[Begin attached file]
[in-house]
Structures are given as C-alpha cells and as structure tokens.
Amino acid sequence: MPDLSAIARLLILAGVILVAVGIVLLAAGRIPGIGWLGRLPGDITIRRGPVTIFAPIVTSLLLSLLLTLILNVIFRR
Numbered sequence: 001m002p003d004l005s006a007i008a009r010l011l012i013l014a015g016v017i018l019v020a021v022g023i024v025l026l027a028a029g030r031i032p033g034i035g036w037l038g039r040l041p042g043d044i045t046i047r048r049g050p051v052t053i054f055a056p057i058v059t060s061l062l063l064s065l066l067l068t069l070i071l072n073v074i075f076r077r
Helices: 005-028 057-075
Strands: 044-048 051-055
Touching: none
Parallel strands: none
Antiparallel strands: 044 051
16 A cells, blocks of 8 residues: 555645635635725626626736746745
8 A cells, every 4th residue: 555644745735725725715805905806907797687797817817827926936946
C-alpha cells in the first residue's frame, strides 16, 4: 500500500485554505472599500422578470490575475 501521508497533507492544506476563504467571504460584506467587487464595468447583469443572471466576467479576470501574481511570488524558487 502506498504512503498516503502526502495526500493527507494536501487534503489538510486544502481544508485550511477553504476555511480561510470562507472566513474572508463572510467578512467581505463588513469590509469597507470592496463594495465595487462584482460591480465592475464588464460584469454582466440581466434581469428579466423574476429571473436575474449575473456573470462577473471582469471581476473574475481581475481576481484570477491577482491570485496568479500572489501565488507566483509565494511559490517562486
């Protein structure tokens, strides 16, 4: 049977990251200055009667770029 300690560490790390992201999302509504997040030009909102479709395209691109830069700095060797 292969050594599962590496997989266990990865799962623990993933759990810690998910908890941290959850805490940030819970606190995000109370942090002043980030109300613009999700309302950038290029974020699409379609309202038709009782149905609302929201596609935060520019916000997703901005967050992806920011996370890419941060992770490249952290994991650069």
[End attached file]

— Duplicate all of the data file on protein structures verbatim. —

[in-house]
Structures are given as C-alpha cells and as structure tokens.
Amino acid sequence: MPDLSAIARLLILAGVILVAVGIVLLAAGRIPGIGWLGRLPGDITIRRGPVTIFAPIVTSLLLSLLLTLILNVIFRR
Numbered sequence: 001m002p003d004l005s006a007i008a009r010l011l012i013l014a015g016v017i018l019v020a021v022g023i024v025l026l027a028a029g030r031i032p033g034i035g036w037l038g039r040l041p042g043d044i045t046i047r048r049g050p051v052t053i054f055a056p057i058v059t060s061l062l063l064s065l066l067l068t069l070i071l072n073v074i075f076r077r
Helices: 005-028 057-075
Strands: 044-048 051-055
Touching: none
Parallel strands: none
Antiparallel strands: 044 051
16 A cells, blocks of 8 residues: 555645635635725626626736746745
8 A cells, every 4th residue: 555644745735725725715805905806907797687797817817827926936946
C-alpha cells in the first residue's frame, strides 16, 4: 500500500485554505472599500422578470490575475 501521508497533507492544506476563504467571504460584506467587487464595468447583469443572471466576467479576470501574481511570488524558487 502506498504512503498516503502526502495526500493527507494536501487534503489538510486544502481544508485550511477553504476555511480561510470562507472566513474572508463572510467578512467581505463588513469590509469597507470592496463594495465595487462584482460591480465592475464588464460584469454582466440581466434581469428579466423574476429571473436575474449575473456573470462577473471582469471581476473574475481581475481576481484570477491577482491570485496568479500572489501565488507566483509565494511559490517562486
């Protein structure tokens, strides 16, 4: 049977990251200055009667770029 300690560490790390992201999302509504997040030009909102479709395209691109830069700095060797 292969050594599962590496997989266990990865799962623990993933759990810690998910908890941290959850805490940030819970606190995000109370942090002043980030109300613009999700309302950038290029974020699409379609309202038709009782149905609302929201596609935060520019916000997703901005967050992806920011996370890419941060992770490249952290994991650069």